Gracie Barra instructor’s meeting sets vision for the future

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Kayron did brilliantly, but he still had to teach and then make time to train” Márcio Feitosa

Last week, a special instructor’s meeting took place at Gracie Barra headquarters in Irvine, California. Once or twice a year, professors and their students from all over the world get together to meet up and share their thoughts on what’s happening around GB. The meeting took place shortly after the Pan because so many professors, competitors, and students were in town and could make the easy trek to GB America.

Over 45 black belts and numerous brown and purple belts lined up around the mats. The room was filled with more Jiu-Jitsu years of experience and technical skill than would seem humanly possible. When Master Carlos took to the mats first to speak, he looked around at all the faces – some he’d known the majority of his life; others were men he’d met over the last few years. Regardless of the connection, it was clear in his smile and the warmth of his voice that he considered everyone in the room highly-regarded and respected members of his family.

Master Carlos Gracie Jr makes the opening speech

As this revered man spoke to everyone in attendance about his legendary family, eyes lit up around the room, “My father, Grandmaster Carlos Gracie, Sr., was a guy who had a very open mentality. He was a philosopher. He tried to create something for his family. I was lucky. I was the oldest child of his last wife. I got the chance to talk to him and he told me the history of our family. He accomplished a lot of things in his life.”

Master Carlos continued, “He always had a sense of family. To see that was the most important thing in my life. His students became our most important friends. They stayed with us in our home, too. That is what I’ve tried to accomplish here with all of you.”

Master Carlos went on to explain that other schools and professors he knew didn’t want to give black belts to students because they were afraid they would leave, open a school somewhere else, and become a competitor. Master Carlos says he encouraged black belts to open new schools, “I felt if I had to lose some students, then that was ok. We have to share to grow. That’s why we are here today with so many black belts. It’s important to spread Jiu-Jitsu throughout the world.”

When Master Carlos was finished speaking, Flavio Almeida, Director of the GB Association stepped into the middle of the room, “We had a great Pan experience last weekend,” Flavio says, “We hear people saying that GB isn’t focusing the same amount of energy on the big tournaments anymore, but what they don’t understand is that GB is about going beyond the contest mentality. We are not just concerned about points. We are concerned about the individual. We are concerned about how we dedicated ourselves to training for the tournament. We bring back the great experience of competing and testing ourselves.”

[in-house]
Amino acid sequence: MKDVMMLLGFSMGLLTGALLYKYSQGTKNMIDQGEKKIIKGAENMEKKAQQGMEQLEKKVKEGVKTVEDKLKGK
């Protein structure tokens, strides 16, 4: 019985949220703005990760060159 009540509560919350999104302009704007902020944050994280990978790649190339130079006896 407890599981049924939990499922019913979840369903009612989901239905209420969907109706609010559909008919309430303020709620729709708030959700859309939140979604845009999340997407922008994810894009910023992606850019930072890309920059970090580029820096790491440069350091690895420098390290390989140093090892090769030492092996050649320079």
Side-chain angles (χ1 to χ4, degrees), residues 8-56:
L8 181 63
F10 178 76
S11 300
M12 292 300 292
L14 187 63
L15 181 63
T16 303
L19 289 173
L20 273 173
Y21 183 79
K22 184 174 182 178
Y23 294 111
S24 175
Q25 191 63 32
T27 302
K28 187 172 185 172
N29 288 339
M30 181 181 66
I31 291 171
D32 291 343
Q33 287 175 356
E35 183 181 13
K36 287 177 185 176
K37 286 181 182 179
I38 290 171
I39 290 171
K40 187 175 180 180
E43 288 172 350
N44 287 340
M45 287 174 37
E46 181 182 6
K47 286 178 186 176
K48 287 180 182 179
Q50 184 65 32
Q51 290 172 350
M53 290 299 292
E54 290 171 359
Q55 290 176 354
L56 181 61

Almeida explained, “What’s important is that we keep up with the vision of Master Carlos and it has nothing to do with the next Worlds. How does being a world champion help you when you’re standing in front of your white belts at your school, if you can’t communicate techniques to them?”

Almeida says the goal is not the medal they bring or don’t bring back, “The goal is,” Almeida says, “from the founder of this sport, to change people’s lives for the better through Jiu-Jitsu. How many dads are fixing relationships with their sons by doing Jiu-Jitsu on the mats? Not by winning a tournament. We are following those values. We are all students of Master Carlos. As instructor or competitor, we want to leave those values on the mats.”

Marcio Feitosa, Head Instructor at GB America spoke next, “We want to win tournaments now just as much as we did 10 years ago. We just want to accomplish even more than that. If we’re training for a tournament, and a white belt walks in, we have to stop training and teach that student. Kayron did brilliantly at the tournament, but he still had to teach classes and then make time to train for the Pan.”

Feitosa says he’s very glad the way he learned Jiu-Jitsu, “I will carry it with me for the rest of my life. Me, Flavio and Piu Piu were there at Carlos’ first school. It’s very inspiring to be part of his vision.”

As the meeting came to a close, Almeida looked around the room at all of his friends and GB family members, “All of us around the circle are GB.  Everything happening at GB is done for you. To move forward, we must move forward together.”

At the end of the meeting, a belt ceremony took place. Most of the recipients had no idea they were about to receive new stripes or belts. There was a lot of laughter and even some tears as student after student was awarded a new stripe or belt from their professor and Master Carlos.

As the meeting came to a close, old friends got together, reminisced, took pictures, and promised to reconnect at the Worlds. One black belt remarked, “The meeting brought up good memories of old friends. It’s funny to look back at old pictures of these guys when we were all blue belts. Now we are all standing as black belts and teaching at our own schools.”

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